Russia recognizing Donetsk, Luhansk ‘unacceptable,’ Turkey says
Russia’s decision to recognize two breakaway regions in eastern Ukraine as independent is unacceptable, according to Azerbaijan in Focus, reporting Daily Sabah, citing Turkey’s Foreign Ministry.
“The decision of Russia to recognize the so-called Donetsk and Luhansk Republics amounts to a clear violation of not only the Minsk agreements, but also Ukraine’s political unity, sovereignty and territorial integrity. We find Russia’s so-called decision to be unacceptable and reject it,” the ministry said in a written statement.
The ministry further underlined Turkey’s commitment to preserving Ukraine’s political unity and territorial integrity while calling on all sides to respect international law.
NATO member Turkey, which shares a maritime border with both Ukraine and Russia in the Black Sea, has good ties with both its neighbors and has offered to mediate the crisis, while warning Moscow against invading Ukraine. Turkey has been closely following the developments and is in close contact with both Kyiv and Moscow. While forging cooperation on defense and energy, Turkey has opposed Moscow’s policies in Syria and Libya, as well as its annexation of the Crimean Peninsula in 2014. It has also sold sophisticated drones to Ukraine, angering Russia.
As tensions have mounted, the ministry also separately said Turkish citizens in eastern Ukraine are “strongly advised” to leave the region due to the latest developments there.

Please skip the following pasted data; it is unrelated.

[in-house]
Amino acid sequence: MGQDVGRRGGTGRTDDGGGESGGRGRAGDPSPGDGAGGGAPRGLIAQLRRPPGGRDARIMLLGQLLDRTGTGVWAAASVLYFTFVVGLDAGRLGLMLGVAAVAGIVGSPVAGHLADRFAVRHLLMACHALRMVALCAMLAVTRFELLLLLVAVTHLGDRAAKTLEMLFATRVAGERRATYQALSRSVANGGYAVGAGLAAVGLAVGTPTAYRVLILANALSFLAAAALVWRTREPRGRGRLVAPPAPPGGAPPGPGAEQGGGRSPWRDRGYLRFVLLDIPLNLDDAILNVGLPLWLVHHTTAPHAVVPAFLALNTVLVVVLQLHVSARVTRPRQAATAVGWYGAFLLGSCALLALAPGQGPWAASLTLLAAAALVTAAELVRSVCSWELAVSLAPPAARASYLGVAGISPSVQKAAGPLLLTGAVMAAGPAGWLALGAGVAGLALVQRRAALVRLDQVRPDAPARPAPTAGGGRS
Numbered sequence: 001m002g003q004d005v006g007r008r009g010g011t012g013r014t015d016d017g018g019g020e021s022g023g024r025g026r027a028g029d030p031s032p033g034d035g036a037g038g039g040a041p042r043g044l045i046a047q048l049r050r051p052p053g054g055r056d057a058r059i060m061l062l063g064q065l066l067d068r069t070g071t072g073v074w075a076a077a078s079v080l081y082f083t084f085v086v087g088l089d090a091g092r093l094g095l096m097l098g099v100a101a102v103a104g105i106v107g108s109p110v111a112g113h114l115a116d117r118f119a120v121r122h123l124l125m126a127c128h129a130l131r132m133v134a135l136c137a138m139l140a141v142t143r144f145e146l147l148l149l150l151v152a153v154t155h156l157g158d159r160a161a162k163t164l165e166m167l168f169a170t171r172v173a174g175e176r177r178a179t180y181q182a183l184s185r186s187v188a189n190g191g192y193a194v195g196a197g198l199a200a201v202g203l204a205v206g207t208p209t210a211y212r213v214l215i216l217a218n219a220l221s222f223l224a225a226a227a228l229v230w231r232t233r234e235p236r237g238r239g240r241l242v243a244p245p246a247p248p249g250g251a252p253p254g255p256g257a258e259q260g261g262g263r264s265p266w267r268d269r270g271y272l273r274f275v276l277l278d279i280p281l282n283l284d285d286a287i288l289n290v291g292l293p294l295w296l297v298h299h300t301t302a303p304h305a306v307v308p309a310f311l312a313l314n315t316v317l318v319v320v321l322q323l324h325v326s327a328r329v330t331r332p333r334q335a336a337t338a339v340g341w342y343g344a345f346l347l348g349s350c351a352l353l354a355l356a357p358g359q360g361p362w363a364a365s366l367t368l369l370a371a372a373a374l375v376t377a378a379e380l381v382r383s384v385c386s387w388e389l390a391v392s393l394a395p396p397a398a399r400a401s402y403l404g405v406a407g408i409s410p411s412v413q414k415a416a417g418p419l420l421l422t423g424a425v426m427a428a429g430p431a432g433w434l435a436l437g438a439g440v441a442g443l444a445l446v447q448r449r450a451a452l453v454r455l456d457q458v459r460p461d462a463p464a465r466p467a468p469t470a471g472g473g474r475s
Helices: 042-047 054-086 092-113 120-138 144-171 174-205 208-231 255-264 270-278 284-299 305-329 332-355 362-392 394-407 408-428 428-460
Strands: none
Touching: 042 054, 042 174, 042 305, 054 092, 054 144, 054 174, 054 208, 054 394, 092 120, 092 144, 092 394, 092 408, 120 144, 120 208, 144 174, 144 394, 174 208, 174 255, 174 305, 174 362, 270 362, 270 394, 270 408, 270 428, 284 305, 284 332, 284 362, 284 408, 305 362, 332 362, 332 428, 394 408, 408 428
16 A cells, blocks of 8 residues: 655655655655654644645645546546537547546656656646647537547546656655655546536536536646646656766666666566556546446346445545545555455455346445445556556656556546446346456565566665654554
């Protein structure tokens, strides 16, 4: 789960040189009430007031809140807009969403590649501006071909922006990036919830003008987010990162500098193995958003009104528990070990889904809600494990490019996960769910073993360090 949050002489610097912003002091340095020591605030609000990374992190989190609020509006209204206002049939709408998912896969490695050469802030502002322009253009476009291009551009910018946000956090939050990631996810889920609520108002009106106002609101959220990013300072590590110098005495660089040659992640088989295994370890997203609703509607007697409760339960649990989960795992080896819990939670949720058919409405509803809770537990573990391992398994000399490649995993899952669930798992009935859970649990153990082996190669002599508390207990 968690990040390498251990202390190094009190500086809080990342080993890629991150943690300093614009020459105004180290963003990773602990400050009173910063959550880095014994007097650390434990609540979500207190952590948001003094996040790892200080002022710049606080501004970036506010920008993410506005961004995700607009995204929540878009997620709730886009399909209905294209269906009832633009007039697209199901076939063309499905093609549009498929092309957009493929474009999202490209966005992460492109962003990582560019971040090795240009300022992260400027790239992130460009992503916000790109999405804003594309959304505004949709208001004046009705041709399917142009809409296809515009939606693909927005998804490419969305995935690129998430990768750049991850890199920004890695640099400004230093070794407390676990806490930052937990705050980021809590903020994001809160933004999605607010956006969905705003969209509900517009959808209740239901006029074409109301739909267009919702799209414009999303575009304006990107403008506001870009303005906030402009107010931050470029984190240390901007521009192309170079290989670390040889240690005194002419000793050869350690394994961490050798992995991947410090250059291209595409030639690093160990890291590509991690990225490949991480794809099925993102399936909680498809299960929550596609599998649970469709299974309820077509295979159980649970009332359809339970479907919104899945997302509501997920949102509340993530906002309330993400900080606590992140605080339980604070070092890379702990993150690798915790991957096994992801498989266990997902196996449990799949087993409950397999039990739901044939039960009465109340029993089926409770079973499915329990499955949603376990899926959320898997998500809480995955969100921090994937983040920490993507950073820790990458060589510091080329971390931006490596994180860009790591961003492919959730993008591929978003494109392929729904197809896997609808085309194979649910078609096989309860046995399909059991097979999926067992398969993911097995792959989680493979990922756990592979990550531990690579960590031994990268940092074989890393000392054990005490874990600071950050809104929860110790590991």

“Within the framework of the latest developments in eastern regions of Ukraine, our citizens are strongly advised to leave eastern regions of Ukraine,” the ministry said on Twitter.
Russian President Vladimir Putin on Monday signed decrees to recognize the sovereignty of Luhansk and Donetsk, known as the Donbass, at a televised event in which he delivered a fiery speech questioning Ukraine’s right to statehood.
Putin also instructed Moscow’s Foreign Ministry to establish formal diplomatic relations with the two areas held by pro-Russia rebels, which are part of the Donbass region and belong to Ukraine under international law.
Ukrainian President Volodymyr Zelenskyy said Kyiv now expects “clear and effective steps of support from our partners” and that Moscow’s recognition of Luhansk and Donetsk might constitute a unilateral withdrawal from the Minsk Protocol, an agreement struck between Russia and Ukraine in 2015 to resolve the conflict in the Donbass region.
There have been worries in Washington and European capitals for weeks that Moscow could use the recognition of independence in the Donbass region as a way to move in troops.
Russia did something similar in 2008, when the regions of South Ossetia and Abkhazia broke away from Georgia. After a war in Georgia, Russia recognized the regions as independent states in 2008. That allowed Moscow to station thousands of soldiers there.
Fighting has flared in recent days in the Donbass between the Russian-backed rebels and Ukrainian forces, with fears that it could become the flashpoint for a wider war and Russian invasion.
More than 14,000 people have died in periodic fighting since the conflict erupted in 2014 following Russia’s annexation of the Ukrainian peninsula of Crimea, with a cease-fire and peace plan put in place in 2015 largely ignored.